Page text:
No, the real problem with gay marriage is that the nature of the marriage union is inherently entwined in the future of the first line of the Bill of Rights: our right to religious liberty. Orthodox believers of Christian, Muslim, and Jewish faiths were slow to understand this. I'm talking about something much bigger here than the discrimination lawsuits brought across the country against bakers and photographers: I'm talking about whether churches will be able to function as public entities in an era where their views on sin, particularly sexual sin, are in direct conflict with not just opinion but the law -- and proselytizing those views from the pulpit or in the public square will be viewed as using the protection of religious expression to protect hateful speech.

    We saw this problem already in Illinois's marriage law, where churches which do not allow same sex unions would essentially have to close their doors to full participation in civil society. We see it as a constant issue regarding Canada's hate speech laws, where courts must discern whether quoting Bible verses amounts to "harming the public discourse." We will see it more here. That obvious oncoming clash strikes me as the most troublesome aspect of this, and the one that has received the least attention in the rush to legalize. The argument has been more about benefits and social outcomes and "won't somebody think of the children," ignoring the core problem, which raises challenges to the freedom of speech and expression the likes of which led to the pilgrims crossing the sea in the first place.
    I'm not sure what the point of this thread is except perhaps to raise a general grievance.
    Raising concerns for religious liberty, and any other position that deserves representation in our society, but with which the prevailing winds of the cultural narrative disagree with.

    The conflict between sexual liberty and religious liberty is unlikely to be one the religious will win, in large part because of the broad and increasing acceptance of an idea President Obama has espoused more than once in public: that the religious have a freedom to worship, and that's where it ends. When you leave the pew, you must leave your faith there. Among the religious, this is absurd -- their entire lives are defined by their faith, in ways large and small. For both Christianity and Islam, the core of their faith is built on a call to take the message to the world, spreading it through public witness and preaching. Yet this belief in the limited freedom to worship is what led Obama's administration to argue that faith-based hiring and firing is a discriminatory act for religious entities. It will lead to similar cases in the years to come regarding the marriage issue, but not just focused in that space -- expect it to factor in divorce proceedings, custody battles, and more points involving the nice folks from Child Protective Services. Expect it also to factor in dramatically expanding the scope of these discrimination lawsuits -- think on the doctor in California who was brought up on discrimination charges for referring a lesbian couple to a colleague for artificial insemination.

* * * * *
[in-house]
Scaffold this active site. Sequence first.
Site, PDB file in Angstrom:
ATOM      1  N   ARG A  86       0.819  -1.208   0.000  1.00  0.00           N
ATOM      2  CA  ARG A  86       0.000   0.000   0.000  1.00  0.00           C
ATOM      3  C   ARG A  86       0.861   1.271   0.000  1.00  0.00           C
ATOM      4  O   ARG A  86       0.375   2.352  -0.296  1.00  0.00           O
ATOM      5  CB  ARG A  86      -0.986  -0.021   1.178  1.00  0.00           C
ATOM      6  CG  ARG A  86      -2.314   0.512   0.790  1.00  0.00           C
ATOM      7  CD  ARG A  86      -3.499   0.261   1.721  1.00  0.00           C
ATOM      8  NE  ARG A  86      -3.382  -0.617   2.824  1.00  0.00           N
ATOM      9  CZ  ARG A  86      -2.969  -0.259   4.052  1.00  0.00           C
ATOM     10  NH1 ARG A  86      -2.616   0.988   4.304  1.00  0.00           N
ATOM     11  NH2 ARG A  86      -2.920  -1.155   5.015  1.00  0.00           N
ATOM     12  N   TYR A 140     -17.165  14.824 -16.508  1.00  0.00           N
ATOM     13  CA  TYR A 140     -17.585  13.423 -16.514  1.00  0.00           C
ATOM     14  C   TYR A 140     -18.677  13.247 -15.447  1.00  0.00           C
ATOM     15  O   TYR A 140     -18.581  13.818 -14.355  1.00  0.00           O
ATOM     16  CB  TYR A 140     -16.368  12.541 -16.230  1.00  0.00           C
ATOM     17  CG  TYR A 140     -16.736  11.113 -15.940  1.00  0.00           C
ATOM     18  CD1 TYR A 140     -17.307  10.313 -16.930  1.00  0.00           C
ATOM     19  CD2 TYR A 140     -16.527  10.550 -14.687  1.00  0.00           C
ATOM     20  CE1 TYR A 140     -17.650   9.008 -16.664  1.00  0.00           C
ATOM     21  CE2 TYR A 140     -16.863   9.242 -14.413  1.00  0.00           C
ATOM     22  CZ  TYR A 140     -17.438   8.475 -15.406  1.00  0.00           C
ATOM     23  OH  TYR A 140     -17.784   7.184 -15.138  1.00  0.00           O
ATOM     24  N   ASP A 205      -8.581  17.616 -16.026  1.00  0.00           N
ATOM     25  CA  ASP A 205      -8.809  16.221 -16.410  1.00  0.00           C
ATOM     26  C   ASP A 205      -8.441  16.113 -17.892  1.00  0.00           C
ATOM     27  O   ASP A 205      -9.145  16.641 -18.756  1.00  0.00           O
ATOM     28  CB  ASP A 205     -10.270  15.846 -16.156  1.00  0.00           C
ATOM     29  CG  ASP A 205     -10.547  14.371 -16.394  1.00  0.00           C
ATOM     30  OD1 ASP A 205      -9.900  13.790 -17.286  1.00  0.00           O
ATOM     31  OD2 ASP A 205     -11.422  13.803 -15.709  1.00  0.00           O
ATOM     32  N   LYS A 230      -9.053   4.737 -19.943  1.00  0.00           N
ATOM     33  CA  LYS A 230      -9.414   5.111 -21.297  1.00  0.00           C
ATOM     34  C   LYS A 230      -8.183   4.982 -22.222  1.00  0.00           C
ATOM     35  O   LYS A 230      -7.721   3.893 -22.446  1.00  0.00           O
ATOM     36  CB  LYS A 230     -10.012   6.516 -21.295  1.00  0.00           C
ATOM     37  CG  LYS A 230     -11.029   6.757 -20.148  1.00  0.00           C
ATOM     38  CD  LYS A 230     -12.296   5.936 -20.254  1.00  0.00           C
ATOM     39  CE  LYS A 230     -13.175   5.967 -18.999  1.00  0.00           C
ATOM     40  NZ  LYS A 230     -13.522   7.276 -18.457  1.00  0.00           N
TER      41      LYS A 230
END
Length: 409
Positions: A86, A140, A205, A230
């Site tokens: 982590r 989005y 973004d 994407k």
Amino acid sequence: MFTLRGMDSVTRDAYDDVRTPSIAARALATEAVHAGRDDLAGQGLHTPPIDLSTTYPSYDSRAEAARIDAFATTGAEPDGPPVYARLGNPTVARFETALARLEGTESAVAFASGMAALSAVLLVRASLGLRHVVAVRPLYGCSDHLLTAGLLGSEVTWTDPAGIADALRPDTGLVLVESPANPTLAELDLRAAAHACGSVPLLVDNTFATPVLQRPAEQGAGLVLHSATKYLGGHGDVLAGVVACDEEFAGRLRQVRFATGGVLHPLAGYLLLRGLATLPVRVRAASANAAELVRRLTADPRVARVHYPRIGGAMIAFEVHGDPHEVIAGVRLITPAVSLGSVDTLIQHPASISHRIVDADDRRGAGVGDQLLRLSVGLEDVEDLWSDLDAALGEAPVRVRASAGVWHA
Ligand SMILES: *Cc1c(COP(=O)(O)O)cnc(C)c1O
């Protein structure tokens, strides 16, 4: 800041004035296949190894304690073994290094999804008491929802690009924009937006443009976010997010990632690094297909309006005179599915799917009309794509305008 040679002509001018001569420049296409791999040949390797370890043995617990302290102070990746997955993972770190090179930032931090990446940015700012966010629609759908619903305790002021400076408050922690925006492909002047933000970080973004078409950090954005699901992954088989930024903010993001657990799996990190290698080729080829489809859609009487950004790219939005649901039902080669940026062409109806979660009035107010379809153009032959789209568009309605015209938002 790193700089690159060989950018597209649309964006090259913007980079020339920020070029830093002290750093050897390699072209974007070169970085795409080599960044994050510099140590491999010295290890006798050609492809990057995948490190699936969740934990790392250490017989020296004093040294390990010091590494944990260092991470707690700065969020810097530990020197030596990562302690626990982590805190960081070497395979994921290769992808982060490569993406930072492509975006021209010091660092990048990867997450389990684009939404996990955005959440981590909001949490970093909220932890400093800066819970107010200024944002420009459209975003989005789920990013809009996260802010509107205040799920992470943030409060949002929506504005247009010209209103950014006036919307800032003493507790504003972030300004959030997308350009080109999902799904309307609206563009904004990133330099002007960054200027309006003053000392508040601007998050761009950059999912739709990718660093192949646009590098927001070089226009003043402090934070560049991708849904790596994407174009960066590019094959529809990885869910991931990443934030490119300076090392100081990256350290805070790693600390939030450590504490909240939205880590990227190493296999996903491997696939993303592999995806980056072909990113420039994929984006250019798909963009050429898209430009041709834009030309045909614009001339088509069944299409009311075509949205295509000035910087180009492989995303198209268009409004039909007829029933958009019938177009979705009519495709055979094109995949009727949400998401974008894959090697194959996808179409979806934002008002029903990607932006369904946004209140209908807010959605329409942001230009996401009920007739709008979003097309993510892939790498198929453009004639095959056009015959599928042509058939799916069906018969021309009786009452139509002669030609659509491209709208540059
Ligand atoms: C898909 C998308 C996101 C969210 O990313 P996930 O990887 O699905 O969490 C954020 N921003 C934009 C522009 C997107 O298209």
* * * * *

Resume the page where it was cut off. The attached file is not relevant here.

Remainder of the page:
Without religious liberty, there really is no such thing as free speech. When government can pick and choose which form of expression is religiously defensible and which is unjustified hate, it fundamentally alters the relationship between state and citizen.

  5. #5
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    Quote Originally Posted by Lark View Post
    Victor does that too. I've always assumed its a need to identify an "us" and "them", an adversarial frame like in sports, to feed a need to simultaneously "belong" and "resist".
    I discuss plenty of things in a nonpartisan way.

    But when discussing politics, especially here where the POV of the right gets almost no play, I find it important to support my team. I'm also part of the party, and hooked into politics in a way none of you are.

    We all have our tribes. I don't try to hide mine.

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    Senior Member Survive & Stay Free's Avatar
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    Quote Originally Posted by DiscoBiscuit View Post
    I discuss plenty of things in a nonpartisan way.

    But when discussing politics, especially here where the POV of the right gets almost no play, I find it important to support my team. I'm also part of the party, and hooked into politics in a way none of you are.

    We all have our tribes. I don't try to hide mine.
    Whole lot of me-talk there, with the characteristic 'better than y'all', standard DB produce

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    Quote Originally Posted by Lark View Post
    Whole lot of me-talk there, with the characteristic 'better than y'all', standard DB produce
    Not better just with equally valid opinions.

    PS - this ain't about me. I think there's a lot to delve into on the subject which you were doing.